Our teacher warned us about how unconscious prejudices can contaminate and cause inaccurate assessments. He once brought in the photo of a man sprawled out on a couch with a beer in hand, looking rather macho and boisterous. Almost everyone in the group had the “psychic” impression that he was an insensitive perhaps cruel person, maybe even a criminal. As it turned out, he was a caring, sensitive man and loving father. It was just a bad photo of him. Oops. Another time, we were given the photo of a handsome, healthy-looking young man whom we ‘read’ as being a really nice guy. He had a lengthy criminal history.

OK, big lesson number one: do not rely on visuals, that’s not intuition. We can get good at reading body language, tone of voice etc. but … that’s not intuition.

A critical lesson we learned, and were repeatedly reminded of, is how our beliefs, values and past experiences affect our psychic impressions; like water that takes the shape of the vessel holding it. Self-awareness, gained through practices such as meditation, counseling and journal writing, is important in identifying how we unconsciously interfere with the intuitive process. Wishful thinking, imagination and attachment to a desired outcome can cause us to embellish or add a bias. If, for example, a psychic consultant has had a painful divorce, her intuition may be more alert to relationship problems in others but might interpret an ongoing conflict as inevitable divorce.

Toshiba Digital CameraMy intuition tends to focus on a person’s thoughts and feelings rather than external details about their life situation, making me well suited to being a therapist. I have a propensity for tapping into someone’s subconscious. At times, I feel as if I am having their experience. With much practice and study, I now understand that I am actually tuning into a person’s ‘subtle’ energy field where all of our thoughts, emotions and previous experience exist, as well as the ‘vibration’ of the person’s physical body. I especially pick up impressions about emotions, especially fear, or emotions that the person tends to dismiss or are submerged in their subconscious.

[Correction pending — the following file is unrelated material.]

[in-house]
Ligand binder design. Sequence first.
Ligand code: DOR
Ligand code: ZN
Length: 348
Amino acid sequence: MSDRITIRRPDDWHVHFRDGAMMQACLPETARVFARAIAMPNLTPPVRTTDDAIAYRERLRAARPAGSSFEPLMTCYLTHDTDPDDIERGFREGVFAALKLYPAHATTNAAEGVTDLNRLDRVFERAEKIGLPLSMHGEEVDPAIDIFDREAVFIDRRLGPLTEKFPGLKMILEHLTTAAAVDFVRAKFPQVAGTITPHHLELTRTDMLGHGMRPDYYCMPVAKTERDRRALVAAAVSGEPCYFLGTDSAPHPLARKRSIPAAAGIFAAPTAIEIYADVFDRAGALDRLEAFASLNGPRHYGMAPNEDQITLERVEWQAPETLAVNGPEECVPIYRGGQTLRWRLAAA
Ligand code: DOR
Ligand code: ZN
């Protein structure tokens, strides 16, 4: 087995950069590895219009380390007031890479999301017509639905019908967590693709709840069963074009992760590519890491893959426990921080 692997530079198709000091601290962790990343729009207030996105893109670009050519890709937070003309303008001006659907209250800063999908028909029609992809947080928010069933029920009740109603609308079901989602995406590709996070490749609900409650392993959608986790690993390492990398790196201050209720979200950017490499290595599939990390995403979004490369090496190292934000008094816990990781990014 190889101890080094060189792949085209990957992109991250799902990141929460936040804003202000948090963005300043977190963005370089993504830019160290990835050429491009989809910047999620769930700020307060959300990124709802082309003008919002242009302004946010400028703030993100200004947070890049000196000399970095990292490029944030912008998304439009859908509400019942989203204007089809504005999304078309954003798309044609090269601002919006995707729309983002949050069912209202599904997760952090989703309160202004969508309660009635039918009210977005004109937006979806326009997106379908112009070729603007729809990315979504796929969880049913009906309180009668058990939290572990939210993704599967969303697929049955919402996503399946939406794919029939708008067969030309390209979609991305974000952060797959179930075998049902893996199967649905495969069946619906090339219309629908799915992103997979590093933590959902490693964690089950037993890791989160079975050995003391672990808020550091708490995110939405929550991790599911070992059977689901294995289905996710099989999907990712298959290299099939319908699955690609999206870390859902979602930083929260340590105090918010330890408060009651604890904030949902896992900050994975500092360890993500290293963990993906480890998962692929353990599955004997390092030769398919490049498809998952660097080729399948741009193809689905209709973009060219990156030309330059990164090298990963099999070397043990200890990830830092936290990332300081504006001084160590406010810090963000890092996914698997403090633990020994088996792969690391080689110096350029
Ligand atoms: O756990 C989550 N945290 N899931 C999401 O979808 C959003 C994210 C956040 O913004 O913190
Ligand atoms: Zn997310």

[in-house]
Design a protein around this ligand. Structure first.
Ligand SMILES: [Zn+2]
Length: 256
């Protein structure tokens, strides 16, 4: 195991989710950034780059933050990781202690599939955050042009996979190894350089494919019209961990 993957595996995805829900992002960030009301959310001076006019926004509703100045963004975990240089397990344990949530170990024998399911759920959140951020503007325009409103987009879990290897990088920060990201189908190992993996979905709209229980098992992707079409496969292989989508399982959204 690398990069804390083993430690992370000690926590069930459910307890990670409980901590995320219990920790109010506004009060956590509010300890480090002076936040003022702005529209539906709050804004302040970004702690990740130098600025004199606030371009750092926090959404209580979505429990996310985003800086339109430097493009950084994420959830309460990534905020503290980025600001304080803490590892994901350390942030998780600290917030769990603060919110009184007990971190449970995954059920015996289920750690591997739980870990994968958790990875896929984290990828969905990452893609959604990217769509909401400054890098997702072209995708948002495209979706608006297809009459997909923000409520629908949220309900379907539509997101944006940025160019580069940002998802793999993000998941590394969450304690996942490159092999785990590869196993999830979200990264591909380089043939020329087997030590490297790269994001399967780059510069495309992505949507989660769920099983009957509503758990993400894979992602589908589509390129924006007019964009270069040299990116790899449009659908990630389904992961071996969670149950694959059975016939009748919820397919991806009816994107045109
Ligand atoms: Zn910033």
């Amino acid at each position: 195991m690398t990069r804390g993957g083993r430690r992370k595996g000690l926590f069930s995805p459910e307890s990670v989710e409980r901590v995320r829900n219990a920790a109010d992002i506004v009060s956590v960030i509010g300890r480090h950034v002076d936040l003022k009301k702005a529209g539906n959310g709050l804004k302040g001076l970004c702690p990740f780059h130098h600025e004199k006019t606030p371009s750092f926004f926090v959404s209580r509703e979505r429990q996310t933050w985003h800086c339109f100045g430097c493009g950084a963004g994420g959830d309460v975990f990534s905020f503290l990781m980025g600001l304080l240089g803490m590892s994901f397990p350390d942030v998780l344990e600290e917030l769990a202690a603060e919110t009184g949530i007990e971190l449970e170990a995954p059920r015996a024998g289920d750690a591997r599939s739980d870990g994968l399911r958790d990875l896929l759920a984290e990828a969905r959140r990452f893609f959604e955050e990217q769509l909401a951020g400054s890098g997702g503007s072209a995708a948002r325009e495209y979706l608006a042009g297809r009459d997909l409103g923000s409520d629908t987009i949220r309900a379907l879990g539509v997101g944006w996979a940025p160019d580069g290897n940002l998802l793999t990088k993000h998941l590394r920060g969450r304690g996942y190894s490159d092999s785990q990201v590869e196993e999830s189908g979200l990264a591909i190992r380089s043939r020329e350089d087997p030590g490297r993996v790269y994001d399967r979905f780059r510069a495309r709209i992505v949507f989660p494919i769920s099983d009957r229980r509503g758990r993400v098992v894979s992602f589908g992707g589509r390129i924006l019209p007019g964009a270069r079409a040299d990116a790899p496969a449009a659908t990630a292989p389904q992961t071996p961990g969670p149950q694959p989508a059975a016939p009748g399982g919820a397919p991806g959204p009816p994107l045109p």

During a healing session, it is as if I am making friends with the person’s deeper self. As it begins to ‘trust’ me, it provides ever more information and guidance on how to best help this person. On the rare occasion, I can sense and communicate with the spirit of a deceased person whom my client knew.  The first time this happened, I can tell you it was a mind-blowing experience. Afterwards, my mind kept telling me, “That didn’t really happen. It was just your imagination.” Yet my client was able to confirm my experience. I had passed on information that was not only accurate but also pertinent to my client’s current life, specific circumstances of which I knew nothing. We are so conditioned to believe that this is not possible that when it happens, it can really shake us up.

After seven years, our psychic group came to a close. Although none of us wanted it to end, our teacher was retiring. ‘Miraculously’, I was shortly afterward introduced to a husband-and-wife team who were practitioners of energy healing and Native spiritual healing rituals. I became one of their apprentices and over a two-year period, they taught me how to work with the human energy field and do laying-on-of-hands healing, a thousand-year-old approach upon which Therapeutic Touch is based. It was such a blessing as it helped me to expand and gain a deeper understanding of my intuitive abilities.

Awakening and developing my intuition has allowed me to do the work I love and expanded the choices in my life. It gives me access to new ways of knowing and being in the world, and to be in relationships with greater self-awareness. I feel more confident in my life decisions both large and small, such as finding the right place to live, the right people and even … the right paint.

by Louise Gabrielle